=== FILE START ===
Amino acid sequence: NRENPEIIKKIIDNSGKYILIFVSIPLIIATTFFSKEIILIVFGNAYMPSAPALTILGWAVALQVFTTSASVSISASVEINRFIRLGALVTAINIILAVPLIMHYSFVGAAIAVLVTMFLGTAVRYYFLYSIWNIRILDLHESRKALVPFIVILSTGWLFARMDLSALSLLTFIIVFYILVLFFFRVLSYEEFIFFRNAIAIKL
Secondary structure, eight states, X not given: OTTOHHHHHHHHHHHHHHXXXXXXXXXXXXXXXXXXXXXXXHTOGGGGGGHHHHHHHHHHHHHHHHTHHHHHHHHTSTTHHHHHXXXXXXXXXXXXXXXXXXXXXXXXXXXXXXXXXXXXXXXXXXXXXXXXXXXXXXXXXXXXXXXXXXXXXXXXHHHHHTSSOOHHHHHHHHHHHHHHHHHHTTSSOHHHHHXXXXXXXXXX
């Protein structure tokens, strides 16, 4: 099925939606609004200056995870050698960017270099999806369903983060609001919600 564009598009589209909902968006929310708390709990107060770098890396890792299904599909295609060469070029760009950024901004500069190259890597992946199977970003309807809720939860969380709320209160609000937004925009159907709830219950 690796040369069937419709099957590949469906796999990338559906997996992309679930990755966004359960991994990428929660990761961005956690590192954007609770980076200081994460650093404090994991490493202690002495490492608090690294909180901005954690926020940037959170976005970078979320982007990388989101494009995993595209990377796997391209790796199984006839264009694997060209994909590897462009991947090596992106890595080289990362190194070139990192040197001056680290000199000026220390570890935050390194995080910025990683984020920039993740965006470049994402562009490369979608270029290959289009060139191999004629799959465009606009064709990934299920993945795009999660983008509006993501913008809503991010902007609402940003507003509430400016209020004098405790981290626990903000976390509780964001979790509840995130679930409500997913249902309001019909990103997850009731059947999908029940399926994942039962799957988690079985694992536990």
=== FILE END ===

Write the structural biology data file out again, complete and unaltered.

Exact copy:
Amino acid sequence: NRENPEIIKKIIDNSGKYILIFVSIPLIIATTFFSKEIILIVFGNAYMPSAPALTILGWAVALQVFTTSASVSISASVEINRFIRLGALVTAINIILAVPLIMHYSFVGAAIAVLVTMFLGTAVRYYFLYSIWNIRILDLHESRKALVPFIVILSTGWLFARMDLSALSLLTFIIVFYILVLFFFRVLSYEEFIFFRNAIAIKL
Secondary structure, eight states, X not given: OTTOHHHHHHHHHHHHHHXXXXXXXXXXXXXXXXXXXXXXXHTOGGGGGGHHHHHHHHHHHHHHHHTHHHHHHHHTSTTHHHHHXXXXXXXXXXXXXXXXXXXXXXXXXXXXXXXXXXXXXXXXXXXXXXXXXXXXXXXXXXXXXXXXXXXXXXXXHHHHHTSSOOHHHHHHHHHHHHHHHHHHTTSSOHHHHHXXXXXXXXXX
């Protein structure tokens, strides 16, 4: 099925939606609004200056995870050698960017270099999806369903983060609001919600 564009598009589209909902968006929310708390709990107060770098890396890792299904599909295609060469070029760009950024901004500069190259890597992946199977970003309807809720939860969380709320209160609000937004925009159907709830219950 690796040369069937419709099957590949469906796999990338559906997996992309679930990755966004359960991994990428929660990761961005956690590192954007609770980076200081994460650093404090994991490493202690002495490492608090690294909180901005954690926020940037959170976005970078979320982007990388989101494009995993595209990377796997391209790796199984006839264009694997060209994909590897462009991947090596992106890595080289990362190194070139990192040197001056680290000199000026220390570890935050390194995080910025990683984020920039993740965006470049994402562009490369979608270029290959289009060139191999004629799959465009606009064709990934299920993945795009999660983008509006993501913008809503991010902007609402940003507003509430400016209020004098405790981290626990903000976390509780964001979790509840995130679930409500997913249902309001019909990103997850009731059947999908029940399926994942039962799957988690079985694992536990």